Part of that uniqueness will be the Amphitheater’s integration into the new West Huntsville Park. The city will be preserving much of the natural trees and wooded areas and will be creating nature and hiking trails throughout the surrounding area.
There has been some early criticism that so elaborate a venue may well bring in 20 major concerts a year, but what about the remaining 345 days a year?
“That would be the biggest waste of taxpayer dollars, even if 20 big names a year was an economic driver, brought more quality of life to the residents, and provided jobs,” said Murphy. “What we’re going to create is a community asset. The Huntsville Amphitheater will be an extension of the new West Huntsville Park so that on any given day there may be multiple stages set up with multiple areas of engagement, much of it free.”
From a gospel Sunday brunch with barbecue and great gospel groups, to local Saturday afternoon music showcases, Murphy said the aim is to create a venue the community will get behind because they know on any given day year-round, they will find something really cool going on there.
“It will attract major concerts that have never been seen in North Alabama, but it will also be scaled appropriately with plenty of flexible space and will be affordable for nonprofits and local events to lease space to fit any occasion from farmer’s markets and graduation ceremonies to small arts festivals,” he said.
Another unique aspect of the Huntsville Amphitheater is the result of Lovett’s vision to build a new era of world class music venues combined with significant community growth and amenities. Among those amenities is food – good food.
Huntsville Venue Group is in talks with regional chefs and local food vendors to bring to life its prized food village that will operate year-round. The village will provide food and beverage options to patrons of the Amphitheatre and also serve as an additional amenity and social space for MidCity.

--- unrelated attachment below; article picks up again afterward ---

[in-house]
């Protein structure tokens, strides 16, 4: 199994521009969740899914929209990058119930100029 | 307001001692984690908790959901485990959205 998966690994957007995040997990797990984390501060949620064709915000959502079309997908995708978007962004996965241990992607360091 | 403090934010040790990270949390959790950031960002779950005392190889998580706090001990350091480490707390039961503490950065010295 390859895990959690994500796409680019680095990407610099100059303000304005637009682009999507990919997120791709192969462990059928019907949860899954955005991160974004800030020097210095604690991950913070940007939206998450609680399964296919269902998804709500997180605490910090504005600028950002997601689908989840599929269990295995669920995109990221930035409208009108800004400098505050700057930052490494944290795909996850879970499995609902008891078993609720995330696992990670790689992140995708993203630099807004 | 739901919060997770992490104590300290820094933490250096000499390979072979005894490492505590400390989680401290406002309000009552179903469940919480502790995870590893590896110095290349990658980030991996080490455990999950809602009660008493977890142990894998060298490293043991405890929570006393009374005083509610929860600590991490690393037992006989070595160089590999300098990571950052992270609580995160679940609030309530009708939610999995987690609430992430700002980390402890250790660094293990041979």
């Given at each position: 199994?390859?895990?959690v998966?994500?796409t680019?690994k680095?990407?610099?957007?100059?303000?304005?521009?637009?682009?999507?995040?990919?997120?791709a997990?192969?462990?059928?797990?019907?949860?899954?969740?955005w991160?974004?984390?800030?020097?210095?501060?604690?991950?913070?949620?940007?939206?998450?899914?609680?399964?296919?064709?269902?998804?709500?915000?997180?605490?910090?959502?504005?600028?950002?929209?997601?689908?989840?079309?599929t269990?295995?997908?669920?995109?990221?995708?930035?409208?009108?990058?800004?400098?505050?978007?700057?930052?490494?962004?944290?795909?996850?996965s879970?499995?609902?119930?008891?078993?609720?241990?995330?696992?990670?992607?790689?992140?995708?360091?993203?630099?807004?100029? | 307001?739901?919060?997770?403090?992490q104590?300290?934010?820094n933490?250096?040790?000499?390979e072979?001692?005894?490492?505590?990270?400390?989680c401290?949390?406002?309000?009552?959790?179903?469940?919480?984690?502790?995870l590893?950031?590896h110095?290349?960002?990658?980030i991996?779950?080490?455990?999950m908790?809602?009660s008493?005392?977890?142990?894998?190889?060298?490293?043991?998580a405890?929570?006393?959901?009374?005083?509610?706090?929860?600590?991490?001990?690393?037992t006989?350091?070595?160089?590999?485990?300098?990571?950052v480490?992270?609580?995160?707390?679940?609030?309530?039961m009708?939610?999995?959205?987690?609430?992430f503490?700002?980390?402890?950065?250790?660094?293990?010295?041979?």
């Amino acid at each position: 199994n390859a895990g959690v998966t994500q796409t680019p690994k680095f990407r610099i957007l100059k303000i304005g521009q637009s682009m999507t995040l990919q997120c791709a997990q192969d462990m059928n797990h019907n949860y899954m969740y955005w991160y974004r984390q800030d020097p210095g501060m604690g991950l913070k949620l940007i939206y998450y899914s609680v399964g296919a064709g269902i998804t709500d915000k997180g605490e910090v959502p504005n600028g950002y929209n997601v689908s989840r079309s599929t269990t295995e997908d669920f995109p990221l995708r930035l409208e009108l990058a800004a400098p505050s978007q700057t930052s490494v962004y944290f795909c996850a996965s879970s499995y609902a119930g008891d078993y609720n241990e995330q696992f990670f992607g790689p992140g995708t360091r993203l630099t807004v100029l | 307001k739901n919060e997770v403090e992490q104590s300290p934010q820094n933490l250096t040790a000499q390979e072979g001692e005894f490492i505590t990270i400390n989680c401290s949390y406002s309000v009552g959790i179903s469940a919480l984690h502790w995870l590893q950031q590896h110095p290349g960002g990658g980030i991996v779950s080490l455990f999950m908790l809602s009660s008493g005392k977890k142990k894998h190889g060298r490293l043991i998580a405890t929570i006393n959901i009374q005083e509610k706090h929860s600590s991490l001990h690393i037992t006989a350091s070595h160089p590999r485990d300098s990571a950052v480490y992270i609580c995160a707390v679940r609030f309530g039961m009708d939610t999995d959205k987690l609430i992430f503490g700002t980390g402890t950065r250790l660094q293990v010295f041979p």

“One of the biggest trends in the past 10 years has been an elevation of the quality and variety of food offerings, especially around music,” said Lovett. “We believe there is a huge amount of opportunity in the hospitality side of entertainment to deliver food and drinks of such excellence that they stand on their own two feet as an offering not simply as a way to ‘tide you over,’ quench the thirst, or satiate the hunger temporarily.
“We have to aspire for higher standards than that. One of the reasons that Huntsville is so appealing to me and the team is it feels like going the extra mile is in the DNA of this city and we intend to go the extra mile when it comes to not just the concert experience, but the restaurants and bars that lay adjacent and that will serve customers year-round.”
Murphy also said Huntsville Venue Group is going to be involved in the entire community.
“Whether they are festivals downtown or smaller venues in town struggling to get back on their feet after COVID, we are going to help them, too,” he said. “The Huntsville Amphitheater will not open in isolation. We are watching the recommendation coming from the Initiative’s music audit, and we are going to help every step of the way.”